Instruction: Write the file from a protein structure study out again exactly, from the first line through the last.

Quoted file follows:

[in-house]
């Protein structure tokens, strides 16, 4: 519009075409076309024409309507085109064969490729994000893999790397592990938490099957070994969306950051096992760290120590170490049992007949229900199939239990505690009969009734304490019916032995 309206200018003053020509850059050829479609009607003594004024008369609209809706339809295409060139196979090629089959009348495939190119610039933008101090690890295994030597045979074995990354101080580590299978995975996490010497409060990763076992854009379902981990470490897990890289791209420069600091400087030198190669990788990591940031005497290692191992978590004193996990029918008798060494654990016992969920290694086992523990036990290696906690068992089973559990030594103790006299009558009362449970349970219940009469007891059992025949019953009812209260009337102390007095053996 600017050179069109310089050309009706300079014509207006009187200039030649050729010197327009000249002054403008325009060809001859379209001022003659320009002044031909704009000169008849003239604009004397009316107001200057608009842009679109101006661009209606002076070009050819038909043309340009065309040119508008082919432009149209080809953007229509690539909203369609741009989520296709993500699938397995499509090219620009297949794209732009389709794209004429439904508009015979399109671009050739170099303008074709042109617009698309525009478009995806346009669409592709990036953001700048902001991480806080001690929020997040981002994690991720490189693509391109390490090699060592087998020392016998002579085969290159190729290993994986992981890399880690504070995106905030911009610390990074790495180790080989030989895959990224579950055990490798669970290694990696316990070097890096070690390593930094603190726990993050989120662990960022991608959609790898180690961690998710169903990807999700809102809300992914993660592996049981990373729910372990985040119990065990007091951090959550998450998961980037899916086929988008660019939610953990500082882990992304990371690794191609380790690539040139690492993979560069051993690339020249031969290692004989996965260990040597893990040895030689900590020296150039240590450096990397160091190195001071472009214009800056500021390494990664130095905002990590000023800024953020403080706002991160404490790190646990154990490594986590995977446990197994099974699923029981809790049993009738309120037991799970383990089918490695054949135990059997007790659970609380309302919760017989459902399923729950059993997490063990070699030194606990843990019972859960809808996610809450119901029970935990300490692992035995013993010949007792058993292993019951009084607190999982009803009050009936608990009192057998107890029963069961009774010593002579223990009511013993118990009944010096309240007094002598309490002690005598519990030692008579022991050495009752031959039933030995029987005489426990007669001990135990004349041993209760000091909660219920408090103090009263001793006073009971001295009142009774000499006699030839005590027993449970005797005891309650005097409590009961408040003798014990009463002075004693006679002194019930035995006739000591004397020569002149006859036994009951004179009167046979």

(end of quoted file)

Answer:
[in-house]
């Protein structure tokens, strides 16, 4: 519009075409076309024409309507085109064969490729994000893999790397592990938490099957070994969306950051096992760290120590170490049992007949229900199939239990505690009969009734304490019916032995 309206200018003053020509850059050829479609009607003594004024008369609209809706339809295409060139196979090629089959009348495939190119610039933008101090690890295994030597045979074995990354101080580590299978995975996490010497409060990763076992854009379902981990470490897990890289791209420069600091400087030198190669990788990591940031005497290692191992978590004193996990029918008798060494654990016992969920290694086992523990036990290696906690068992089973559990030594103790006299009558009362449970349970219940009469007891059992025949019953009812209260009337102390007095053996 600017050179069109310089050309009706300079014509207006009187200039030649050729010197327009000249002054403008325009060809001859379209001022003659320009002044031909704009000169008849003239604009004397009316107001200057608009842009679109101006661009209606002076070009050819038909043309340009065309040119508008082919432009149209080809953007229509690539909203369609741009989520296709993500699938397995499509090219620009297949794209732009389709794209004429439904508009015979399109671009050739170099303008074709042109617009698309525009478009995806346009669409592709990036953001700048902001991480806080001690929020997040981002994690991720490189693509391109390490090699060592087998020392016998002579085969290159190729290993994986992981890399880690504070995106905030911009610390990074790495180790080989030989895959990224579950055990490798669970290694990696316990070097890096070690390593930094603190726990993050989120662990960022991608959609790898180690961690998710169903990807999700809102809300992914993660592996049981990373729910372990985040119990065990007091951090959550998450998961980037899916086929988008660019939610953990500082882990992304990371690794191609380790690539040139690492993979560069051993690339020249031969290692004989996965260990040597893990040895030689900590020296150039240590450096990397160091190195001071472009214009800056500021390494990664130095905002990590000023800024953020403080706002991160404490790190646990154990490594986590995977446990197994099974699923029981809790049993009738309120037991799970383990089918490695054949135990059997007790659970609380309302919760017989459902399923729950059993997490063990070699030194606990843990019972859960809808996610809450119901029970935990300490692992035995013993010949007792058993292993019951009084607190999982009803009050009936608990009192057998107890029963069961009774010593002579223990009511013993118990009944010096309240007094002598309490002690005598519990030692008579022991050495009752031959039933030995029987005489426990007669001990135990004349041993209760000091909660219920408090103090009263001793006073009971001295009142009774000499006699030839005590027993449970005797005891309650005097409590009961408040003798014990009463002075004693006679002194019930035995006739000591004397020569002149006859036994009951004179009167046979």